Defense Secretary Leon Panetta will lift the Pentagon's ban on women serving in combat, according to several news reports — even though women actually have been serving in war zones for years. "The time has come to rescind the direct combat exclusion rule for women and to eliminate all unnecessary gender-based barriers to service," Army Gen. Martin Dempsey, Chairman of the Joint Chiefs of Staff, wrote in a January 9 memo, obtained by the Washington Times. Panetta made the decision to end the ban based on the memo. He'll announce the change Thursday, but not all positions will immediately be open to women, CNN reports. The decision comes less than two weeks after the Army began allowing women to become special operations pilots and crew chiefs. In November, four female military members filed suit to challenge the ban, which was instated in 1994. The lawsuit argued something many others have claimed — that women are already unofficially serving in combat, and that official exclusion prevents women from reaching the highest levels of the military.
Over the years, people have made silly cases against women in combat, but the prevailing argument seems to have been that women have less upper body strength than men — and so would have trouble carrying heavy rucksacks over long distances or wounded soldiers out of harm's way. But the U.S. isn't fighting trench warfare like it in World War II. It's fighting insurgencies. As the Center for American Progress argued last month, "Policies designed to keep servicewomen from the frontlines of battle cannot be enforced where frontlines do not exist."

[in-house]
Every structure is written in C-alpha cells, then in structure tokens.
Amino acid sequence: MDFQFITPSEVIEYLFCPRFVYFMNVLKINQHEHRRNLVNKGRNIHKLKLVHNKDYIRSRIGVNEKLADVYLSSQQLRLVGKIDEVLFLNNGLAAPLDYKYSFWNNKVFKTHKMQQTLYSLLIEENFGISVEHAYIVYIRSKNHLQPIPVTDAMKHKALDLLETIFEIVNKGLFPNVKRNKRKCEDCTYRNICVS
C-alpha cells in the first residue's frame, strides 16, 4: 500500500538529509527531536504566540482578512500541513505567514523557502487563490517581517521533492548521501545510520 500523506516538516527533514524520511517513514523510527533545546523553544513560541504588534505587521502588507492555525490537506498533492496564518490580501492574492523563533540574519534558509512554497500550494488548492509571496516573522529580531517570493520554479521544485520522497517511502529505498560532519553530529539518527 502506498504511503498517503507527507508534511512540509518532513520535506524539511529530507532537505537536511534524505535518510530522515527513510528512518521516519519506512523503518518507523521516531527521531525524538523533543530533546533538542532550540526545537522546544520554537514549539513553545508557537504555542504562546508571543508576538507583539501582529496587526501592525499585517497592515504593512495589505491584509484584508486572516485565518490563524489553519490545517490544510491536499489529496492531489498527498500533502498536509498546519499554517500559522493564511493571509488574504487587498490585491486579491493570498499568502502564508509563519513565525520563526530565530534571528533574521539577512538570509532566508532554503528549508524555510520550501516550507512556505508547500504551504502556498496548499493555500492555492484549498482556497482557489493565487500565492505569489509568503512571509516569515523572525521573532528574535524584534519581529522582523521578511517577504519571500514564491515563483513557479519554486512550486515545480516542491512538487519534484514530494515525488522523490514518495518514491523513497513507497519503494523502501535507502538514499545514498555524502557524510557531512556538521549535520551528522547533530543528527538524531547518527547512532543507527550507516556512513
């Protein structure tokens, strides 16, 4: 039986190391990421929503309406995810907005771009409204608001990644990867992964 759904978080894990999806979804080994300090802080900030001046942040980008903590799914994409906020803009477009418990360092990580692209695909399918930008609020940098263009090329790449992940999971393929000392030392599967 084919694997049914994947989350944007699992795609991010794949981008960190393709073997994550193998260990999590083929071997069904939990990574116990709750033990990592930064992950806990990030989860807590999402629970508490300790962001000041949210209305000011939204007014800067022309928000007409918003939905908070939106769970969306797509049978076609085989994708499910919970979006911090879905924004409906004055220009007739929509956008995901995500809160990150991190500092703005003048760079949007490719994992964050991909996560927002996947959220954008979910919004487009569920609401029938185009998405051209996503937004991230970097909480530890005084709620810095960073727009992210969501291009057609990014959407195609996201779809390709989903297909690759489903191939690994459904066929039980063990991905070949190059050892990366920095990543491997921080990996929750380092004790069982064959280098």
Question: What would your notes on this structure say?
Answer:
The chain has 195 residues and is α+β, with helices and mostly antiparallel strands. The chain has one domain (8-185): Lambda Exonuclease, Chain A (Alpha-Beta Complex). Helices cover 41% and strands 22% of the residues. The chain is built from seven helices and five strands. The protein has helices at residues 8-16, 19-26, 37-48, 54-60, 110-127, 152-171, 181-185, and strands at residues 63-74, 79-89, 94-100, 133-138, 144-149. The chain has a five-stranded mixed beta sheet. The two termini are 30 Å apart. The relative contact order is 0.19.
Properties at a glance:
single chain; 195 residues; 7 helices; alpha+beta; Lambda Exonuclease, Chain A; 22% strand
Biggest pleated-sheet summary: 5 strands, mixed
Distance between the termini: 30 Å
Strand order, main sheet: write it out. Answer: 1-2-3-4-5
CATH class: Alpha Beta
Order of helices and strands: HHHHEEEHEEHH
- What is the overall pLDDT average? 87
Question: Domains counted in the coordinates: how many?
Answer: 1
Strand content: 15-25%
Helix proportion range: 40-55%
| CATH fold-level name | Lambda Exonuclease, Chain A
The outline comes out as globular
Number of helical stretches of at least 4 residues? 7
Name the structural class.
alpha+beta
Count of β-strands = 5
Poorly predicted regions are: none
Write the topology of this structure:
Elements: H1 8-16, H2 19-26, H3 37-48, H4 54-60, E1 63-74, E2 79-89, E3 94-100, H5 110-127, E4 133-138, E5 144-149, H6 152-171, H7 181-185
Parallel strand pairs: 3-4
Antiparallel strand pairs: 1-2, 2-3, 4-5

More than 130 women have been killed in the Iraq and Afghanistan wars. Women serve in most jobs in the military, including the more stereotypically macho positions, like drill sergeant, a job that involves spectacular feats of high-decibel insult comedy, often at wee hours of the night. In the photo above, that's Lt. Brandy Soublet, one of 45 female Marines assigned to 19 all-male combat battalions last summer.